As you begin planning your upcoming trip to the People’s Republic of China, there are a few crucial steps you’ll need to take. Get your passport and visas, research flights and buy your tickets to China. But before you start packing your luggage and exchanging currency, you’ll want to decide on your perfect itinerary. Start planning where in this beautiful, dynamic nation you’d like to visit. One of the most popular and fascinating destinations resides in the bustling city of Xi’an (population 8.5 million) — home to one of the most visited UNESCO World Heritage sites in the country. Each year, millions of people fly to China to visit one of the most striking man-made marvels in the world.
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South Korea’s capital city has roughly as many people as New York City and yet it manages to mix the modernity of tech giants like Samsung and LG with a history and architecture that traces its roots more than two millennia back. Travelers who truly want to enjoy their stay when they visit Korea should try to incorporate elements from the modern and the medieval to see how a culture can stay true to itself century over century. Here are some sights that tick one or the other of those boxes.
In partial ruins, travelers who are looking to travel to Korea still need to consider Gyeongbokgung, or Gyeongbuk Palace, priority one if they have any interest in South Korean history. It is the grandest example of a royal residence in the country and traces its beginnings to the late 14th century. The entire facility included several thousand rooms and while just under half of it has been restored, the architecture is still impressive regardless of whether or not travelers can see inside some of the buildings.
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Tokyo has been variously described as one of the most exciting, most metropolitan and most futuristic cities in the world. Frankly, we’d have to agree. If you’re planning a trip to Japan, though, it’s worth bearing in mind that the world outside its capital city is absolutely bursting with the sort of culture, nature and history you simply won’t find anywhere else.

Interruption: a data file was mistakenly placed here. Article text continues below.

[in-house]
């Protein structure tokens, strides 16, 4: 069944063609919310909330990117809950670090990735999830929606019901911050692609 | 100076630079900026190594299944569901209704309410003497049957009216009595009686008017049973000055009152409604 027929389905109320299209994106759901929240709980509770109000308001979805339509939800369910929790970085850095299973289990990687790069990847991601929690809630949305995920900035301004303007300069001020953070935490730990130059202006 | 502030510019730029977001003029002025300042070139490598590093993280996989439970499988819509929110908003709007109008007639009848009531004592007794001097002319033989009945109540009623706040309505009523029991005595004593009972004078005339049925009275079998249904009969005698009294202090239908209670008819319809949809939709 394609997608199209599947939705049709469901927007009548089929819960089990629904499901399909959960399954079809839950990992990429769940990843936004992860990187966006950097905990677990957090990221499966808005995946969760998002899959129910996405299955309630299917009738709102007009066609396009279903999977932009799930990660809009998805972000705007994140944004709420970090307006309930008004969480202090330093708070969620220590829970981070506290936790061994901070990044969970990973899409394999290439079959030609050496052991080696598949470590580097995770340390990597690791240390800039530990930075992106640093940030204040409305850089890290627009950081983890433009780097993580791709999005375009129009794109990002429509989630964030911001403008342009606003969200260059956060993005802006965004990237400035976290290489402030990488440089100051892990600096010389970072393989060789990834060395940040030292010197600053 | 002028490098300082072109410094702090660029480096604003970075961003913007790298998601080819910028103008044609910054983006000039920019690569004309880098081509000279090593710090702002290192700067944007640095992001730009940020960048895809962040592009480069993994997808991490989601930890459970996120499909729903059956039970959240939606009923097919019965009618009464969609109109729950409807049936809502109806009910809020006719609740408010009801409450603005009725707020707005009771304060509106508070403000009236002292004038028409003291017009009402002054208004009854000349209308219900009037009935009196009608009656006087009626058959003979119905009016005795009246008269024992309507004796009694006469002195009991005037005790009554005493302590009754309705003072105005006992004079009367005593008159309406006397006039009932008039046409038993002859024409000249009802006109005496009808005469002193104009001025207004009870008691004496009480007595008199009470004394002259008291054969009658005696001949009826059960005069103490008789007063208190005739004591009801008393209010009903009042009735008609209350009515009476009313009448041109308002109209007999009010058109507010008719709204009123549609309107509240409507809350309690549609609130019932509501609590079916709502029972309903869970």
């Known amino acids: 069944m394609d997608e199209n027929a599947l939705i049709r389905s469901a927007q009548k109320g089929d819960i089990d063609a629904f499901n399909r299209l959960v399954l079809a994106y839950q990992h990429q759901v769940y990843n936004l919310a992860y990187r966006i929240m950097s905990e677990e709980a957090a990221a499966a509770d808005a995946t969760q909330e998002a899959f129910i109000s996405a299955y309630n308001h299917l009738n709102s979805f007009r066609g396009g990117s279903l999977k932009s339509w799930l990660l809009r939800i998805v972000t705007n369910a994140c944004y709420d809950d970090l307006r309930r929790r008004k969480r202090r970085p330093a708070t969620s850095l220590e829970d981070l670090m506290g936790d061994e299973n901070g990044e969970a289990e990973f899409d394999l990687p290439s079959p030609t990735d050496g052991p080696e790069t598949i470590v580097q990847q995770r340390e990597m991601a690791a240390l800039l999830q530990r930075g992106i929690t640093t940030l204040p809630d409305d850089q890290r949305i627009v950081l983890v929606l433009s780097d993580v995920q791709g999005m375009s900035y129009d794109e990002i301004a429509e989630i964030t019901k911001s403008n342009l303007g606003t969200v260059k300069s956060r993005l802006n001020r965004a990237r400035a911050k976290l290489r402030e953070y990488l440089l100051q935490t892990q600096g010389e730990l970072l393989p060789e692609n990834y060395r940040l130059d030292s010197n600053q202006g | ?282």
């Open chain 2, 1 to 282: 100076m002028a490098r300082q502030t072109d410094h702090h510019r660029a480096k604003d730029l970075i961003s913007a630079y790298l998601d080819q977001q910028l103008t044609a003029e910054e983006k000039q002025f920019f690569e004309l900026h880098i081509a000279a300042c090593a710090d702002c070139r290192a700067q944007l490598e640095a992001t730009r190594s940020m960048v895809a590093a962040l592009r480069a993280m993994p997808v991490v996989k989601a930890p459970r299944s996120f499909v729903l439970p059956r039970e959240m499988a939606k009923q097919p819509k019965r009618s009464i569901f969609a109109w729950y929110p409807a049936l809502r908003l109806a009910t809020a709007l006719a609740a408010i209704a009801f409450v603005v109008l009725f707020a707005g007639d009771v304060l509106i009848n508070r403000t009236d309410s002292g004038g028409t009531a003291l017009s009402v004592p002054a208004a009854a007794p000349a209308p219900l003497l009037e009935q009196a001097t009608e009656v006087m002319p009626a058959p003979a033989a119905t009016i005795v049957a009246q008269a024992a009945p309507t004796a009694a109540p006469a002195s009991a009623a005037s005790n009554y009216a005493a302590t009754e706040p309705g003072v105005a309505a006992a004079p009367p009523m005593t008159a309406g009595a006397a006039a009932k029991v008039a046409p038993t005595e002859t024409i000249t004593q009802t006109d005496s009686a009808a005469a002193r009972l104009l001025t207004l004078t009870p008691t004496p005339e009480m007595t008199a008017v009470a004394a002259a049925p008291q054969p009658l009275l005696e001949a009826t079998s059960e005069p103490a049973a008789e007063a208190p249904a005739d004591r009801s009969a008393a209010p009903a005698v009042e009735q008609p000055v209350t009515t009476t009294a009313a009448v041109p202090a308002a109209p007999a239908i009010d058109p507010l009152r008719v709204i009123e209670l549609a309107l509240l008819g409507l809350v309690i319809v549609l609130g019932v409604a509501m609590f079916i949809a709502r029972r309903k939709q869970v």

Indeed, nearly 100 million souls reside in the 46 Japanese prefectures outside Tokyo — that makes for almost endless opportunities to become more familiar with one of the most oddly unique countries on earth.
Not yet convinced? Keep reading to learn why you should add at least a few outside-Tokyo destinations to your Japanese bucket list.
Slow down and discover the old world spirit of Kyoto
After exploring the bustling modernity of Tokyo, you may be ready for the quiet and almost meditative introspection of Kyoto.
While the rest of Japan seems to be eagerly following Tokyo’s lead into the ultramodern future, Kyoto is the country’s home base for the traditions of old. Indeed, the city of 1.5 million has historically been referred to as the City of Ten Thousand Shrines. Even today, some 2,000 temples and shrines exist within the Kyoto region.
Temple hunters who want the most bang for their sightseeing buck will want to head straight to one of the region’s UNESCO World Heritage Sites. The ancient collection consists of 13 Buddhist temples, three Shinto shrines and one very large flatland castle.
Especially popular is the famed 600-year-old Temple of the Golden Pavilion, Kinkaku-ji. The Zen Buddhist temple is easily one of the most popular sites in all of Japan, and it’s surrounded by a stunning minimalist garden.
Continue Reading Visiting Japan? Escaping from Tokyo is a Must!
For beach lovers, Indonesia is a traveler’s paradise — this South Pacific archipelago is made up of over 13,000 islands, spanning across two tropical oceans. This has created a haven for gorgeous soft sand beaches, stunning waves and sunny skies. Whether you’re searching for popular tourist destinations or untouched shoreline, Indonesia’s islands contain beaches to suit any taste. Surfers, snorkelers and avid divers flock to the coastline to immerse themselves in the sparkling waters, ablaze with tropical sea creatures. What’s stopping you from booking your cheap flight to Indonesia? Chances are, you’ll find everything you’re looking for and more from Indonesia’s world-famous beaches.
Continue Reading The Beaches of Indonesia – A Traveler’s Paradise